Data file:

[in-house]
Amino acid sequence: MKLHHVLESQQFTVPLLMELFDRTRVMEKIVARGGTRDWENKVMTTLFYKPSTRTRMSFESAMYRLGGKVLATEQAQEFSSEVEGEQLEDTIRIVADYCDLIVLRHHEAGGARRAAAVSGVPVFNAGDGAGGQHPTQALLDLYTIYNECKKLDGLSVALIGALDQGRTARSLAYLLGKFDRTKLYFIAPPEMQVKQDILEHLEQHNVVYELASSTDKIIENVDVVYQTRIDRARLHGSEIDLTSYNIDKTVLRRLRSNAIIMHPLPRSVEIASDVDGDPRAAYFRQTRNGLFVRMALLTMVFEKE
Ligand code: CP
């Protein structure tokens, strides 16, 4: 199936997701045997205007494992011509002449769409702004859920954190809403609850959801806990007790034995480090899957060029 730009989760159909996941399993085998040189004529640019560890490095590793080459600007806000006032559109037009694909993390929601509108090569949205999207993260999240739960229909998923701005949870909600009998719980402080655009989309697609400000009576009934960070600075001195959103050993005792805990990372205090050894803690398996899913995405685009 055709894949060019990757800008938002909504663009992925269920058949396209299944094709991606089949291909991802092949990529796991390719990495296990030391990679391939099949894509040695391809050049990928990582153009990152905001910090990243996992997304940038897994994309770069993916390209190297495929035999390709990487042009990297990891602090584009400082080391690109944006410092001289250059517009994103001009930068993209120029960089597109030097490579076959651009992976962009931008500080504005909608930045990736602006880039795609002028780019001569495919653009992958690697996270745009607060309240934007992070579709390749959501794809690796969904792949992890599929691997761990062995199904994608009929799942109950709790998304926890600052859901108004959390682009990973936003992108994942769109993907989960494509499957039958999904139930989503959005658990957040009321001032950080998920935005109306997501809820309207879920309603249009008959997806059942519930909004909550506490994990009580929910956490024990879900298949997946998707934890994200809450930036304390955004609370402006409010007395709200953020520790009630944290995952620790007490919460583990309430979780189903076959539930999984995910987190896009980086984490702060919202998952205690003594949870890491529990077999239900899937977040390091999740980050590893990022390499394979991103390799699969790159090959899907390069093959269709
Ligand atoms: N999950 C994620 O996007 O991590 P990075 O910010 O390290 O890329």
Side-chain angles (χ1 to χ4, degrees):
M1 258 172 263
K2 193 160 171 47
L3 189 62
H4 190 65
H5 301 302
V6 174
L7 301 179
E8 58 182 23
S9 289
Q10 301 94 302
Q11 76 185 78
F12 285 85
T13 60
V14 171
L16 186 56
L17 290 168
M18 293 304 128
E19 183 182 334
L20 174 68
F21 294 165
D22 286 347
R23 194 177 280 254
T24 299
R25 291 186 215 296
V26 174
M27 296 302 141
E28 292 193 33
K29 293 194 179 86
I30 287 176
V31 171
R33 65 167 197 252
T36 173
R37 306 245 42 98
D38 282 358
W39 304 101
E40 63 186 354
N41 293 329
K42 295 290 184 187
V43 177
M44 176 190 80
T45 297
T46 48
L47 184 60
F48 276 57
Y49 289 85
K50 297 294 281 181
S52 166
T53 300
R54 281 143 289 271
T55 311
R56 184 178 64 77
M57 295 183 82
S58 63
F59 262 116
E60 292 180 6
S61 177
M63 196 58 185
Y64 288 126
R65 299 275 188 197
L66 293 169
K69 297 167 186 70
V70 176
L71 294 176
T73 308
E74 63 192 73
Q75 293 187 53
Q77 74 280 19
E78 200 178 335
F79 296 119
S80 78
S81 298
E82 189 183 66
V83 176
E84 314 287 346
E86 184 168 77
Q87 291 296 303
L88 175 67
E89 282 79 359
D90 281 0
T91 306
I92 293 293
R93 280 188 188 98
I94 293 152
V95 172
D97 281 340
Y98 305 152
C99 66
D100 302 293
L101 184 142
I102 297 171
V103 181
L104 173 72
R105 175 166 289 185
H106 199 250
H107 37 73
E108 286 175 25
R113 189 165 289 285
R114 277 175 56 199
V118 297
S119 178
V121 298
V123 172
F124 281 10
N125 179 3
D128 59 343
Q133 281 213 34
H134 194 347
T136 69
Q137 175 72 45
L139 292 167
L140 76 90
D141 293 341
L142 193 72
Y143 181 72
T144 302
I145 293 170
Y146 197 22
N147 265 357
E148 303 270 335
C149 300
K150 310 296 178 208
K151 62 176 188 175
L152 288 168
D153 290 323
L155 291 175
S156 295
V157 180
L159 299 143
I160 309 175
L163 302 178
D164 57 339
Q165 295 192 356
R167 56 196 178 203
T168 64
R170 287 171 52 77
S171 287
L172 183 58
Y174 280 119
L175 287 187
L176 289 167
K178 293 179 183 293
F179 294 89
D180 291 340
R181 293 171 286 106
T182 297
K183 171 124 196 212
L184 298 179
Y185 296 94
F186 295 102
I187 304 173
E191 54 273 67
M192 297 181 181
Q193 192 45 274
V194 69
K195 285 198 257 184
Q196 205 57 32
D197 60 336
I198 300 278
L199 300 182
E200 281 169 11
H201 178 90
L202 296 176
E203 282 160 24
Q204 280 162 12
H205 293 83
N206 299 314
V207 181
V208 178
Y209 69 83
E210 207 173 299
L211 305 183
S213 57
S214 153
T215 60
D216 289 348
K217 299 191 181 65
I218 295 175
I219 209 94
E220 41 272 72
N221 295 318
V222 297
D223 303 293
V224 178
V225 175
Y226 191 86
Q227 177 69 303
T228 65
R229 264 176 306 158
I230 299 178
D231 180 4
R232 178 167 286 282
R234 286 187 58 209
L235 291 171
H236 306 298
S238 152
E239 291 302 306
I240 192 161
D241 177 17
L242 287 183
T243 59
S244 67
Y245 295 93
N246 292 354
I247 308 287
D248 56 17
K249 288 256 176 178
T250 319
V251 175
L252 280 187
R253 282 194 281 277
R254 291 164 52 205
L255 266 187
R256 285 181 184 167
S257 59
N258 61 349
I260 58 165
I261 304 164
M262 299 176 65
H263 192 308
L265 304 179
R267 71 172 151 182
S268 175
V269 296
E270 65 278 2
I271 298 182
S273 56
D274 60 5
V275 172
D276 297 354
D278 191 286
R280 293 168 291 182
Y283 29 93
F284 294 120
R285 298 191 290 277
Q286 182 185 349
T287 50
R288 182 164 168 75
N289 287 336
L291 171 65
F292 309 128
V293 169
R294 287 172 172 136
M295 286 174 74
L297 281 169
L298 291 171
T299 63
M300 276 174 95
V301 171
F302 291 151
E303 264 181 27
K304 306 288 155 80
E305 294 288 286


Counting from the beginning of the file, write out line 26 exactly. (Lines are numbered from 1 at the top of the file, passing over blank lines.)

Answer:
F21 294 165